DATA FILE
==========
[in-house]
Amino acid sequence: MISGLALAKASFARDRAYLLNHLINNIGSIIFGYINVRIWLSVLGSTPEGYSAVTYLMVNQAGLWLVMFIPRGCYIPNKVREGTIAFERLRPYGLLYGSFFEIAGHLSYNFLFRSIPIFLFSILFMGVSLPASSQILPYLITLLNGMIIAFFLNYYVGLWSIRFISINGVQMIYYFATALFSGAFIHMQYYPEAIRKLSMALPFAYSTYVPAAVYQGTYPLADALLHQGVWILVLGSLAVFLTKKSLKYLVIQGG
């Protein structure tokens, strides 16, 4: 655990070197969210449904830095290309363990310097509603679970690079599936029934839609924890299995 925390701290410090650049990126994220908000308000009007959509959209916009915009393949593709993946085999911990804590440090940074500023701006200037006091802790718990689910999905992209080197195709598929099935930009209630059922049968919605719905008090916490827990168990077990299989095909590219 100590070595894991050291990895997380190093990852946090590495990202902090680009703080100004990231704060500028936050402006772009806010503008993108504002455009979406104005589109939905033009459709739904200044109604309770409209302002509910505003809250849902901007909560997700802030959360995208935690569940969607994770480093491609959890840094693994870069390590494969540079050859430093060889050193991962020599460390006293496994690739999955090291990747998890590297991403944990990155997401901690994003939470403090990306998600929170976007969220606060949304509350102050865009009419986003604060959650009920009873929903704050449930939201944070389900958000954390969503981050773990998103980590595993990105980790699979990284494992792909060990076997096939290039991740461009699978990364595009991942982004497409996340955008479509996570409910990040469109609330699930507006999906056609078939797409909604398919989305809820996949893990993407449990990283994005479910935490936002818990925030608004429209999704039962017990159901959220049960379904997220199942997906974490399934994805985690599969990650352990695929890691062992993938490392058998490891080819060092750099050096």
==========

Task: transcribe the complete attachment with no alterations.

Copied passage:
[in-house]
Amino acid sequence: MISGLALAKASFARDRAYLLNHLINNIGSIIFGYINVRIWLSVLGSTPEGYSAVTYLMVNQAGLWLVMFIPRGCYIPNKVREGTIAFERLRPYGLLYGSFFEIAGHLSYNFLFRSIPIFLFSILFMGVSLPASSQILPYLITLLNGMIIAFFLNYYVGLWSIRFISINGVQMIYYFATALFSGAFIHMQYYPEAIRKLSMALPFAYSTYVPAAVYQGTYPLADALLHQGVWILVLGSLAVFLTKKSLKYLVIQGG
């Protein structure tokens, strides 16, 4: 655990070197969210449904830095290309363990310097509603679970690079599936029934839609924890299995 925390701290410090650049990126994220908000308000009007959509959209916009915009393949593709993946085999911990804590440090940074500023701006200037006091802790718990689910999905992209080197195709598929099935930009209630059922049968919605719905008090916490827990168990077990299989095909590219 100590070595894991050291990895997380190093990852946090590495990202902090680009703080100004990231704060500028936050402006772009806010503008993108504002455009979406104005589109939905033009459709739904200044109604309770409209302002509910505003809250849902901007909560997700802030959360995208935690569940969607994770480093491609959890840094693994870069390590494969540079050859430093060889050193991962020599460390006293496994690739999955090291990747998890590297991403944990990155997401901690994003939470403090990306998600929170976007969220606060949304509350102050865009009419986003604060959650009920009873929903704050449930939201944070389900958000954390969503981050773990998103980590595993990105980790699979990284494992792909060990076997096939290039991740461009699978990364595009991942982004497409996340955008479509996570409910990040469109609330699930507006999906056609078939797409909604398919989305809820996949893990993407449990990283994005479910935490936002818990925030608004429209999704039962017990159901959220049960379904997220199942997906974490399934994805985690599969990650352990695929890691062992993938490392058998490891080819060092750099050096």